September Reads (not “books read” because I need more time to read books)

Dipped into:

The Essence of Chaos by Edward Lorenz

Poor Economics by Duflo and Banerjee


Building technological society is actually very difficult. No, even more difficult than that.

But why couldn’t we just make threshing machines in the Middle Ages?

Are you sure it’s that hard to make threshing machines?

“The Economic Lives of the Poor” elucidates what it is like to never be able to get out crushing poverty. Plus some great insights about labor participation, entrepreneurship, and tithing.

The Floppy Disc business is long-lasting and Lindy. There’s a lesson here about why not to over-adjust to visions of the future.

The opposite business model is building a space program on satellite deployments. Deeply in-depth look at Starlink.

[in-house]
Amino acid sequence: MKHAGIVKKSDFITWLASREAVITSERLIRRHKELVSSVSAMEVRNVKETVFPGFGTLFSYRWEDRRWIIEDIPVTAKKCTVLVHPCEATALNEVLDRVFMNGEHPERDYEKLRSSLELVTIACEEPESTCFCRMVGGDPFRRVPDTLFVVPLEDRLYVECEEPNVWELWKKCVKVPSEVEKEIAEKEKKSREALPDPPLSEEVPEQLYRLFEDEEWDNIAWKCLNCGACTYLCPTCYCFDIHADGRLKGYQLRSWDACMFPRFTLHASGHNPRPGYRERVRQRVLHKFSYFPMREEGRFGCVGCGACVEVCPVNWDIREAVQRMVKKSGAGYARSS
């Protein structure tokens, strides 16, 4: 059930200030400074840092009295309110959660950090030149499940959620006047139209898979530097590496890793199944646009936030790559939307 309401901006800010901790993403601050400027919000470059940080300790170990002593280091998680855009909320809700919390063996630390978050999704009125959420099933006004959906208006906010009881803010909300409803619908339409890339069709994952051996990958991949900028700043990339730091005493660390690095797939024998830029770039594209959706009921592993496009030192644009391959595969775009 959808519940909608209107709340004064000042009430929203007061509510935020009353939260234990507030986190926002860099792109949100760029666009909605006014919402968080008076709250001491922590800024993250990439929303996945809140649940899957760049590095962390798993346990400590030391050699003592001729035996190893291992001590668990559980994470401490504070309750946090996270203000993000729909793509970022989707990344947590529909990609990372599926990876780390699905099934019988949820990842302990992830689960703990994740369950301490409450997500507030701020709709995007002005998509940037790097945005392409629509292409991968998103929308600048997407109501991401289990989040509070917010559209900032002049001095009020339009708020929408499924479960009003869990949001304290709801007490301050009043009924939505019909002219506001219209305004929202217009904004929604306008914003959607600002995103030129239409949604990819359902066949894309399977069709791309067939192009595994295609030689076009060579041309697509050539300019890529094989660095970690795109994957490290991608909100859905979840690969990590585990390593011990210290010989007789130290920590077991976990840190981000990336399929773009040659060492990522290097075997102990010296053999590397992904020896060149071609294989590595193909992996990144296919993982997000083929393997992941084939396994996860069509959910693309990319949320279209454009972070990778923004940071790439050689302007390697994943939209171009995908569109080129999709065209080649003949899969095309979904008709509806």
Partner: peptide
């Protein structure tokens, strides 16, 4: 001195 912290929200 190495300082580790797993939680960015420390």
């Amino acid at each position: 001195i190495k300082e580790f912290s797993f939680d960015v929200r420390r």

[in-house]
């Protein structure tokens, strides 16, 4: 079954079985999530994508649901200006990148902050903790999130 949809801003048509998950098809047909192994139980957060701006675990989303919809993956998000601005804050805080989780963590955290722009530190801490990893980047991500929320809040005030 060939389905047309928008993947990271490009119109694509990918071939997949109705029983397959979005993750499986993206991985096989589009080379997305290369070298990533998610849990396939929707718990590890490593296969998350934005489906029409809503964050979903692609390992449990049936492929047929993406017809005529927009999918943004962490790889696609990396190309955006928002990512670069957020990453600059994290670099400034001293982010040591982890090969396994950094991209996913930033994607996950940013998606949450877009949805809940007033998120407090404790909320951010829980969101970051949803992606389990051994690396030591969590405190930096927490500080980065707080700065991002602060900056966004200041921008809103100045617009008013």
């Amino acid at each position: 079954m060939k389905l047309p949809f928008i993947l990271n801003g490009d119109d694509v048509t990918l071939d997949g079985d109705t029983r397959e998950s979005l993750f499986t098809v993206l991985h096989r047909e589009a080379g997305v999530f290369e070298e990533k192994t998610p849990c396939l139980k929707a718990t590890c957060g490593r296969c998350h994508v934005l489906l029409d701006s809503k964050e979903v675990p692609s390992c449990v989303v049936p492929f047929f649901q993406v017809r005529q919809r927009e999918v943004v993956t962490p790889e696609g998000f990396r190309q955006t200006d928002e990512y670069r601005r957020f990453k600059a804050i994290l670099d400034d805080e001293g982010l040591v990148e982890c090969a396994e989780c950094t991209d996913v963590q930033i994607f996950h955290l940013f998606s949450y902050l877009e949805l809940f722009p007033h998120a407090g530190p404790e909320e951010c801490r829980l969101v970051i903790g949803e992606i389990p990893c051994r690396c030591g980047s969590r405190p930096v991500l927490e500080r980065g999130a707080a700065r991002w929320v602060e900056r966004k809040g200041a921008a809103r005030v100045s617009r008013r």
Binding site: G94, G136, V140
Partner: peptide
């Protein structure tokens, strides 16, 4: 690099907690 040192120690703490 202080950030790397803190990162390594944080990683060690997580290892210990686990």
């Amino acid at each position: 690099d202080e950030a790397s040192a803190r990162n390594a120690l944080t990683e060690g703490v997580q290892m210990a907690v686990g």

AI will be able to do this and more in our decade, even if this demo is bunk.

Aristotle as Optimist.

Safety, properly understood, is an aspect of progress.

Duflo and Banerjee mistakes about education. Private education is the norm in poor countries and consistently outperforms state education, even given less resources.

Finally, the explanation I’ve been waiting for on how transistors work. This site is remarkably well-written.

Philosophy posing as an insightful discussion of business expansion. Very helpful for me.

“The idea that you can be whatever you want to be, or build whatever you want to build, is a sure path to a short, unhappy existence.”

Three papers on chaos.

Just going through the motions… is good enough.

These two videos are great for the same reason.

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